The thought was something about a staircase in the core.  Looking at the implementation of the struts it occurred to me that they could have been an interesting feature at each footprint change.  I think I have the struts but I am not sure the additional height would help the overall composition.

What with the hodgepodge of colors and all the compromises in the end the most successful potion of the model might be the interior; which was actually somewhat of a throw away:


 I guess if you are going to try to work in minifig scale you might as well make the most of it.  There are four controller positions with panels and monitors as well as swivel chairs.  Those guys are working under the supervision of a fifth guy.  The top of the structure folds away to give play access to the figures, but my fingers are too fat to enjoy it much.  Thinking about it, there is a sort of ongoing conceptual "dollhouse" issue to these models - a choice between concentrating on the interior or the exterior and the ramifications and compromises necessitated by that choice.

So, we have a plane and a tower and I have a playdate tomorrow.  What's next?  Fuel truck?  Baggage train and loader cart?  Catering Truck?  Terminal?  De-icing station?  My friend likes trucks.  So I guess that's where the smart money is.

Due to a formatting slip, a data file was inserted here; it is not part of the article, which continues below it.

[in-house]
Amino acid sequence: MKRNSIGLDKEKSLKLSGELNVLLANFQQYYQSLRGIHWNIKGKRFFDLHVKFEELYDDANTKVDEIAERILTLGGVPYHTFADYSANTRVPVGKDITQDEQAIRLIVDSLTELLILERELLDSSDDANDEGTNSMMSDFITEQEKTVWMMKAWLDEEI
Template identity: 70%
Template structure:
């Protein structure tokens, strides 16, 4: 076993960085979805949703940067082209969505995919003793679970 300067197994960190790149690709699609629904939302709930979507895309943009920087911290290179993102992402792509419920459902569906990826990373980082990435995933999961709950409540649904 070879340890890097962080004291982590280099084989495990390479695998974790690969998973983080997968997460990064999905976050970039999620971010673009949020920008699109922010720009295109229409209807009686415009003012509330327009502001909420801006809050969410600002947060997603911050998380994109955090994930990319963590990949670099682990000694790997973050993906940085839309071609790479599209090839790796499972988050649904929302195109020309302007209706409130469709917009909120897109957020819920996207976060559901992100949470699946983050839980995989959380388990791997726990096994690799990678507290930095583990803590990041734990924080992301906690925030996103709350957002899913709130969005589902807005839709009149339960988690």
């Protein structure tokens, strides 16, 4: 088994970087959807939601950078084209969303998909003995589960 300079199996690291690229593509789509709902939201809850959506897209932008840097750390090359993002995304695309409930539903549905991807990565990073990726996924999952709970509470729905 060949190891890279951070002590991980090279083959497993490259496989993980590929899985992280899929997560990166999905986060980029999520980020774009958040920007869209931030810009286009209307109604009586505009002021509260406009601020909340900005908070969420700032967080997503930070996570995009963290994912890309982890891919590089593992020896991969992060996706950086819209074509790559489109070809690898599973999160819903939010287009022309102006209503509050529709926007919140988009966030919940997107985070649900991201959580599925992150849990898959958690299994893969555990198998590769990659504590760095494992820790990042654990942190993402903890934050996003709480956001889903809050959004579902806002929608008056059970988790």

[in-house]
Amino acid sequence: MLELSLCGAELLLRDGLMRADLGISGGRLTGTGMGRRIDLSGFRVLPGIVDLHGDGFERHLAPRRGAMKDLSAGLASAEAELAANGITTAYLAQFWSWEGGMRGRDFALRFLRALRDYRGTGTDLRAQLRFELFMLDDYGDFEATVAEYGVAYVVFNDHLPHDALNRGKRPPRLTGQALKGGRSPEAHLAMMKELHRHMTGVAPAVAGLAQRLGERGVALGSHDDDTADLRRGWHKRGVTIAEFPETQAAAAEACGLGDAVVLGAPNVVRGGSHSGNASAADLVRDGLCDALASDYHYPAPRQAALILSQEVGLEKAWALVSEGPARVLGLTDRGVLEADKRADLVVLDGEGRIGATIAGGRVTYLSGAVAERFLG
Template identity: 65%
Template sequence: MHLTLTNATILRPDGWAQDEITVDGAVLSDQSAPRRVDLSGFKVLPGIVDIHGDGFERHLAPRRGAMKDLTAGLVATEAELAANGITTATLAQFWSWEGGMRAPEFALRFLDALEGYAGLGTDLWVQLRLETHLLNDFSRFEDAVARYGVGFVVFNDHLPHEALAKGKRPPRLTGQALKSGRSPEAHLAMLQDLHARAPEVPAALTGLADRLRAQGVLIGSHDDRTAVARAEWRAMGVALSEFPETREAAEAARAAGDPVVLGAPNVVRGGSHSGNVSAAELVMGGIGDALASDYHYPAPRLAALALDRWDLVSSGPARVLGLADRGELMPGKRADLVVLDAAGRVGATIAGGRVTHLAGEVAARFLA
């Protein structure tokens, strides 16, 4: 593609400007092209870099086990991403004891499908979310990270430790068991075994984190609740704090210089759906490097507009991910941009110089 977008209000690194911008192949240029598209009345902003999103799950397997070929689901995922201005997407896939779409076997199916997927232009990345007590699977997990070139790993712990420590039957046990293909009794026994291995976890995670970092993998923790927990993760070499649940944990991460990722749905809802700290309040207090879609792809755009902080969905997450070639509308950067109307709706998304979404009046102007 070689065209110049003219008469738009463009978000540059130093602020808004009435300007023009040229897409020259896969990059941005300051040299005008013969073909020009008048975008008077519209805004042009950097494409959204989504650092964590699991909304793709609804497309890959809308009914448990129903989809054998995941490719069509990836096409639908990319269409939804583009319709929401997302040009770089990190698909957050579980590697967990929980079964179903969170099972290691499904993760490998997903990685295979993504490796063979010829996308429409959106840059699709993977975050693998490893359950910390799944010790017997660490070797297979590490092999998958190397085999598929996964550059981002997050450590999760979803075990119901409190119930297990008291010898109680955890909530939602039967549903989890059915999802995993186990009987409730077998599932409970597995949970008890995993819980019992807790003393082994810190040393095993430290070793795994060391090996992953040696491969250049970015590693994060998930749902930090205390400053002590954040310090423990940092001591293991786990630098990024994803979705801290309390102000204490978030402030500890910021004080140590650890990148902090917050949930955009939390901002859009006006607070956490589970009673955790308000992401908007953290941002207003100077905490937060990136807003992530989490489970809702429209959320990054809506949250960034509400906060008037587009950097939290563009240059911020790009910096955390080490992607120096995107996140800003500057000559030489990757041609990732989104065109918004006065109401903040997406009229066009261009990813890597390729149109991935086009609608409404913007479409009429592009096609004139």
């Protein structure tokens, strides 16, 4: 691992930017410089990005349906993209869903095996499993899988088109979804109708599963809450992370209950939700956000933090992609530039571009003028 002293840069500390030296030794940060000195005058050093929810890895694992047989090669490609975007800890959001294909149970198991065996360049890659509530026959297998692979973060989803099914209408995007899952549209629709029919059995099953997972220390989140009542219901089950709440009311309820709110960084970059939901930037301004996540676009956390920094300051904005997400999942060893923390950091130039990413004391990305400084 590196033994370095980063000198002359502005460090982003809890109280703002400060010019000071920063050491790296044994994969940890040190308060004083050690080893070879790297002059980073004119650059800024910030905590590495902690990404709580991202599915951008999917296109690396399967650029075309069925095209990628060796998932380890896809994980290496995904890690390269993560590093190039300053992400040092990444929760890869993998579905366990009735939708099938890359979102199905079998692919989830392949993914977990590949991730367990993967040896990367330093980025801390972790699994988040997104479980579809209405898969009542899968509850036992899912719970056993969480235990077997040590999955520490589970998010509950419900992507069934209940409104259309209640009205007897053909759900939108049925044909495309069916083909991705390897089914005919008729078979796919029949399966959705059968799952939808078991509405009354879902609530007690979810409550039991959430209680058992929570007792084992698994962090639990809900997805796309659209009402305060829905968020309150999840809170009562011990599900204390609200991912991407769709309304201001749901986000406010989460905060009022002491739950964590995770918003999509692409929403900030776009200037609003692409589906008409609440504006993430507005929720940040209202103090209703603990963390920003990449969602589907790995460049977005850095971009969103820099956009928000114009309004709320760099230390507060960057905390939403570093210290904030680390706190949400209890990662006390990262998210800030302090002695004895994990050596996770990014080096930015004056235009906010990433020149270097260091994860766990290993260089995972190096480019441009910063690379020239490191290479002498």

Friday, July 18, 2014

Substitute Project

I didn't do the table from yesterday.  I'm still not happy with the solution to the undercarriage and I thought I probably didn't have the time I needed.  Maybe I'll get into it next week.  Did you see the problem on the drawing?  In order for the parallel to fold flat the end hinges must be in the same position.  With the telescoping sides the ends would be offset by 3/4" on each side and that offset would mean an interference that wouldn't let the part fold.  I'll have to percolate on that one for a while.

The reason to do the table was because we were having Friday night dinner at our house.  Instead we made due with our regular solution.

The Friday night cohort includes my Lego Playdate and the instant he came in the door he was angling to do a control tower to go with the airplane we did last time.  So instead of doing a table I got a start on a minifig scale control tower...